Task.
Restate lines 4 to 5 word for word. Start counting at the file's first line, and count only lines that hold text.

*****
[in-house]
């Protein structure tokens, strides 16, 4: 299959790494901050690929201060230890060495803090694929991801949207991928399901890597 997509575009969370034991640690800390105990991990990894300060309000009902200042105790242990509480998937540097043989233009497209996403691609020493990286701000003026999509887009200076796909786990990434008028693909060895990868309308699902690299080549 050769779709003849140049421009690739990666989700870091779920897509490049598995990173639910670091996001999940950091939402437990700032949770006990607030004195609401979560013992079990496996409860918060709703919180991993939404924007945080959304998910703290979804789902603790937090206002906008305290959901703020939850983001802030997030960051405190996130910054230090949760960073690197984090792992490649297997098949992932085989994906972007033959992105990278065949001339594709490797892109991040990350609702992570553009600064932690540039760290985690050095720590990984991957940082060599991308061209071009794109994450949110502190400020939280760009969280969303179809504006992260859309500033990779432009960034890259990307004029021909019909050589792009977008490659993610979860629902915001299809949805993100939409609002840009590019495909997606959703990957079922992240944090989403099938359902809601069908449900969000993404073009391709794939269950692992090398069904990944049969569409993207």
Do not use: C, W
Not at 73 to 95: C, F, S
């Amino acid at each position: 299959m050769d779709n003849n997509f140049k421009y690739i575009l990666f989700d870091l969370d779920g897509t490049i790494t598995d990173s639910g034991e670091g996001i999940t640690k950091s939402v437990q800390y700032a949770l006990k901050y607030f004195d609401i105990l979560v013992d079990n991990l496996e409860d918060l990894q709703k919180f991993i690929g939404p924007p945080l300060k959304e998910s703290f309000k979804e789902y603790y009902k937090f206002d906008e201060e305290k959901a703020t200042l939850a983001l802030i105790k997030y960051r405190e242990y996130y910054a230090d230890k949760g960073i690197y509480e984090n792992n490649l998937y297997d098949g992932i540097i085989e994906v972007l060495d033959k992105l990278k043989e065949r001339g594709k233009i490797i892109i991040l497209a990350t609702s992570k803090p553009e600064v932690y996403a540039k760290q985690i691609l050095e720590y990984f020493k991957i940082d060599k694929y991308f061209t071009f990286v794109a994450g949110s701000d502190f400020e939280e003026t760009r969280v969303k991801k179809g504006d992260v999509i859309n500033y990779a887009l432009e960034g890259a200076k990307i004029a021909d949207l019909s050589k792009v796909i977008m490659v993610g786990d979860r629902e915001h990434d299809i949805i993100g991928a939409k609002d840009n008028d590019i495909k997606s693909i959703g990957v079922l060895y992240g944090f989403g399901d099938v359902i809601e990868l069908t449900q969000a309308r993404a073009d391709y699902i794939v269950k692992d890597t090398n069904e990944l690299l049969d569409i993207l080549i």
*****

Not at 73 to 95: C, F, S
């Amino acid at each position: 299959m050769d779709n003849n997509f140049k421009y690739i575009l990666f989700d870091l969370d779920g897509t490049i790494t598995d990173s639910g034991e670091g996001i999940t640690k950091s939402v437990q800390y700032a949770l006990k901050y607030f004195d609401i105990l979560v013992d079990n991990l496996e409860d918060l990894q709703k919180f991993i690929g939404p924007p945080l300060k959304e998910s703290f309000k979804e789902y603790y009902k937090f206002d906008e201060e305290k959901a703020t200042l939850a983001l802030i105790k997030y960051r405190e242990y996130y910054a230090d230890k949760g960073i690197y509480e984090n792992n490649l998937y297997d098949g992932i540097i085989e994906v972007l060495d033959k992105l990278k043989e065949r001339g594709k233009i490797i892109i991040l497209a990350t609702s992570k803090p553009e600064v932690y996403a540039k760290q985690i691609l050095e720590y990984f020493k991957i940082d060599k694929y991308f061209t071009f990286v794109a994450g949110s701000d502190f400020e939280e003026t760009r969280v969303k991801k179809g504006d992260v999509i859309n500033y990779a887009l432009e960034g890259a200076k990307i004029a021909d949207l019909s050589k792009v796909i977008m490659v993610g786990d979860r629902e915001h990434d299809i949805i993100g991928a939409k609002d840009n008028d590019i495909k997606s693909i959703g990957v079922l060895y992240g944090f989403g399901d099938v359902i809601e990868l069908t449900q969000a309308r993404a073009d391709y699902i794939v269950k692992d890597t090398n069904e990944l690299l049969d569409i993207l080549i």